Mr. Forsyth : I entirely agree with my hon. Friend. The great benefit of the job seeker's allowance, when it is introduced, is that it will ensure that every measure is used to encourage people to get back into the labour market, which will be good for them as individuals and for the economy as a whole.
Mr. MacShane : Will the Minister join me in congratulating the German Government, German employers and the German trade unions on ensuring that there are 600,000 young apprentices in their engineering and manufacturing industries ? What hope can he give the 16 to 18-year-olds in Rotherham, who have pitifully few apprenticeships and traineeships in industry--the lowest number in the European Community ?
Mr. Forsyth : I am astonished that Opposition Members should praise the German Government in the House, yet not praise my right hon. Friend for his initiative on modern apprenticeships in this country. I am also astonished that the hon. Gentleman did not find time in his question to praise the fall in unemployment in his own constituency.
8. Dr. Goodson-Wickes : To ask the Secretary of State for Employment what estimates he has made of the number of United Kingdom workers who would be affected by a statutory reduction in the working week to 35 hours.
Column 672wisdom of the Government's robust rejection of the social chapter. Will he give the House an assurance that he will continue to reject the current conditions of that chapter, knowing the catastrophic effect that they would have on the success of British companies ? That fact seems to have escaped the unreformed socialist party, in the shape of the hon. Member for Kingston upon Hull, East (Mr. Prescott).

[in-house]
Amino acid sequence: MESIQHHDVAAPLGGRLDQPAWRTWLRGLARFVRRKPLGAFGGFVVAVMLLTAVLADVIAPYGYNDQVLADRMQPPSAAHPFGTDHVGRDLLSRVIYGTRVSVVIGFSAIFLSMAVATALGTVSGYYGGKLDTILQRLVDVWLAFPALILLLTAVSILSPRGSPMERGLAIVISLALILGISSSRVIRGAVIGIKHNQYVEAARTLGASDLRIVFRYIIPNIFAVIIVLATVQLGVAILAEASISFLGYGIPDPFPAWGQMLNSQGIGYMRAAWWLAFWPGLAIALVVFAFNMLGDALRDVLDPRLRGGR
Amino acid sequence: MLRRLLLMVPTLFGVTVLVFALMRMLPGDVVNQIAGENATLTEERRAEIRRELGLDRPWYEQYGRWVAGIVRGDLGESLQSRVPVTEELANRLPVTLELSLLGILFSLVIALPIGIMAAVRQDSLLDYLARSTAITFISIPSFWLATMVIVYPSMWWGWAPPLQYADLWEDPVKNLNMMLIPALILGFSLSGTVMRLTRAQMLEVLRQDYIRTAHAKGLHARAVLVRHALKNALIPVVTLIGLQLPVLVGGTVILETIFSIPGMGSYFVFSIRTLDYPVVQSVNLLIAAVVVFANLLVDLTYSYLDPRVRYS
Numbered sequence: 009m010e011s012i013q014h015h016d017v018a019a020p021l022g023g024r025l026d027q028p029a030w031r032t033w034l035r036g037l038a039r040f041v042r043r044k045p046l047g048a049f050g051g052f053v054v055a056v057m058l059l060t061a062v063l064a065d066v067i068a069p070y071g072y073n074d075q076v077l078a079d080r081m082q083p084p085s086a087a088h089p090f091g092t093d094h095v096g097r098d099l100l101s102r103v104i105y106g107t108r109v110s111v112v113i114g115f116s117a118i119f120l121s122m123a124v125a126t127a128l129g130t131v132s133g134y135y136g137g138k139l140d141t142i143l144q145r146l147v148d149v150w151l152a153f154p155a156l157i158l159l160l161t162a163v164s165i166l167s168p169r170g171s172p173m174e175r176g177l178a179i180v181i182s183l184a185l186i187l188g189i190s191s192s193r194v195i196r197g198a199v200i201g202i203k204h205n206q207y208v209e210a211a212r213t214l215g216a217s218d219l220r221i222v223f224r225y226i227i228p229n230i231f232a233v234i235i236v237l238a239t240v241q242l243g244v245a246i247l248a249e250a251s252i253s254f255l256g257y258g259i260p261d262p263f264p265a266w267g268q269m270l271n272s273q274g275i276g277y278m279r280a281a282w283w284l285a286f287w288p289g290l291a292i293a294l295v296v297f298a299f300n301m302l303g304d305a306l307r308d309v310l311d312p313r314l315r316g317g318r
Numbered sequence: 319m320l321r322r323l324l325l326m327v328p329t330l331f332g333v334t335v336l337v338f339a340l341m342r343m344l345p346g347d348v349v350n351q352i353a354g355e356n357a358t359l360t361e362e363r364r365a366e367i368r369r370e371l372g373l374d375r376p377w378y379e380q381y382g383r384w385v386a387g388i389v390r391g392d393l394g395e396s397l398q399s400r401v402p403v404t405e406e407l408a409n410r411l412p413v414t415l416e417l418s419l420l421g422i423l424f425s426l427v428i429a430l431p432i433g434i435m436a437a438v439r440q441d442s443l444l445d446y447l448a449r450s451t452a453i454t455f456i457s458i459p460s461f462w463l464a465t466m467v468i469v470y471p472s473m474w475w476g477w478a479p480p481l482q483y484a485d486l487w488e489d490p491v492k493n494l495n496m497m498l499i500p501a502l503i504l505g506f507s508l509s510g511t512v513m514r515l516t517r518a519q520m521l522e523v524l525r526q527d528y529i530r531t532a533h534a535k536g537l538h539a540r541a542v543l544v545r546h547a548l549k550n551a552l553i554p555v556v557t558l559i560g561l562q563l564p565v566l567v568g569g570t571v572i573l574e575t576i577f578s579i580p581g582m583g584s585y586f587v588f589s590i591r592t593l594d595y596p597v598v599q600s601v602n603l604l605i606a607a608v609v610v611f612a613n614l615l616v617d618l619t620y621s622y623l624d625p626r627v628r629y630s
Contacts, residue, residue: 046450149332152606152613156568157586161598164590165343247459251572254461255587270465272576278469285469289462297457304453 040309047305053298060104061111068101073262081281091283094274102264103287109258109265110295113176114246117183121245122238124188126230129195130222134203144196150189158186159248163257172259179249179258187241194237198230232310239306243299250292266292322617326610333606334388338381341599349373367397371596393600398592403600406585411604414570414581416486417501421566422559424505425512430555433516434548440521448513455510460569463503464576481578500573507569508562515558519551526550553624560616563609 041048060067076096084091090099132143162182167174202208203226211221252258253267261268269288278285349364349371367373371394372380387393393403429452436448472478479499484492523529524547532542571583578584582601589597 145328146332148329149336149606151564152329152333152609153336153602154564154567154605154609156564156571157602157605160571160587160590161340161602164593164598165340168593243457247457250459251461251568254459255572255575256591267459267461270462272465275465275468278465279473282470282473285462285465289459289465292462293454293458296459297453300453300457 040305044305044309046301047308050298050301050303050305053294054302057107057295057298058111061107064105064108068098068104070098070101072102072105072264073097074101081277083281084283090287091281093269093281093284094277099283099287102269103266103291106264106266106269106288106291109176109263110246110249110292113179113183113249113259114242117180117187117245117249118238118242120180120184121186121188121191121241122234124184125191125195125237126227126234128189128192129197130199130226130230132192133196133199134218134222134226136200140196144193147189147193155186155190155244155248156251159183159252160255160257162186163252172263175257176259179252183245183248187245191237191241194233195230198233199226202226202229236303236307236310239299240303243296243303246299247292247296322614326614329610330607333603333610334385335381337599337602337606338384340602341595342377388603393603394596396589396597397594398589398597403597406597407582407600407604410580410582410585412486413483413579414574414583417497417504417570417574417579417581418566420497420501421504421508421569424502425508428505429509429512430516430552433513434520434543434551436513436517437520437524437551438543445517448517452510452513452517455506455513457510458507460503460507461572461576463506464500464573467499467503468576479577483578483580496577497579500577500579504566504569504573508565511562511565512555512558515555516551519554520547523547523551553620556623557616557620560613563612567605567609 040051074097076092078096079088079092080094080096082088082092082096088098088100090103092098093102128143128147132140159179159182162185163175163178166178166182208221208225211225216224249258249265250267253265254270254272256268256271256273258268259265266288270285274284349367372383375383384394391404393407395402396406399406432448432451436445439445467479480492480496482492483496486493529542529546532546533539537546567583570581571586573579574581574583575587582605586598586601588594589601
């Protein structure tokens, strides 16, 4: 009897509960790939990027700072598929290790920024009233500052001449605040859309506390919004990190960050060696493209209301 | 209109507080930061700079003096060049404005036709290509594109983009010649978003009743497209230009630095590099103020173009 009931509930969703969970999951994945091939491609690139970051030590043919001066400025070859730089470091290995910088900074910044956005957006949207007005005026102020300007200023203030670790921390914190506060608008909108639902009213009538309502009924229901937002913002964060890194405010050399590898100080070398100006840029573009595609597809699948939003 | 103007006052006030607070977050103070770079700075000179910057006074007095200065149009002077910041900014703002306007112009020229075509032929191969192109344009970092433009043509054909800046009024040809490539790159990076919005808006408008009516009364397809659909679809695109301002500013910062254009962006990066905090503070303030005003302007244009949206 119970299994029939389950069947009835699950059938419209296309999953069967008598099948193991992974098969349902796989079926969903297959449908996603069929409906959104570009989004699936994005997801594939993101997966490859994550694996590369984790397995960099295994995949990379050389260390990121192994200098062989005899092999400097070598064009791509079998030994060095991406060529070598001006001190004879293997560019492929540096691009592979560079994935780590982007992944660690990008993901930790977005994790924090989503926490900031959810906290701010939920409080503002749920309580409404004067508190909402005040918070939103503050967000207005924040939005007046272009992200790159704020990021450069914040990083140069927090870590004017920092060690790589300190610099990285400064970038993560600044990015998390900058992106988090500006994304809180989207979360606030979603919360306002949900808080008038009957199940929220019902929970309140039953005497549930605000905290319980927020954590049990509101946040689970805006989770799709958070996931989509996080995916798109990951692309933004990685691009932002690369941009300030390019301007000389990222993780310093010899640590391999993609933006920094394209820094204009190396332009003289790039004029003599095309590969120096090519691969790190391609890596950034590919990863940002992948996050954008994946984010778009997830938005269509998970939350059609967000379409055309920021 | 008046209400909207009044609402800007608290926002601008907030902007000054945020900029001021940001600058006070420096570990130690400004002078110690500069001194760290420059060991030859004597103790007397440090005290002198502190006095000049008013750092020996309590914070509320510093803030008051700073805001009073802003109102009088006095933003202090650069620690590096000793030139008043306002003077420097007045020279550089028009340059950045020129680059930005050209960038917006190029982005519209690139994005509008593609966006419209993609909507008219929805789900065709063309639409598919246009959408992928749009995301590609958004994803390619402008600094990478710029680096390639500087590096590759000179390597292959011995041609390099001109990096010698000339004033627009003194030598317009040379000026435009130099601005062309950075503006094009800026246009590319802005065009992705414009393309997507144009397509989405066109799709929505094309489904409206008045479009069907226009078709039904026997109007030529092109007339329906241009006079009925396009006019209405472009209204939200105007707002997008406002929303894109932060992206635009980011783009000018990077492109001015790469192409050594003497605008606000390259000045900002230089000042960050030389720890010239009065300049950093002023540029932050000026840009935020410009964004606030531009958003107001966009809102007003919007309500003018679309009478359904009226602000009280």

Mr. Hunt : I give my hon. Friend that categorical assurance, and add that when the 48-hour working time directive originally came from the Commission it was designed to compel people to work no more than 48 hours a week. Mr. Ford, a member of the European Parliament on the Opposition side
Mr. Hunt : Mr. Ford, who is from the Labour party, said that he would like to see-- [Interruption.] Will the hon. Member for Kingston upon Hull, East calm down for a moment and recognise that Mr. Ford has argued that instead of a 48-hour week there should be a 35-hour week right across the European Union ? [Interruption.] I hear several voices approving that idea. That would mean telling 14.75 million people in the United Kingdom that they would no longer be allowed to work the hours that they chose. It would also impose costs of £20,000 million on industry, as well as a compulsory pay cut of £20,000 million.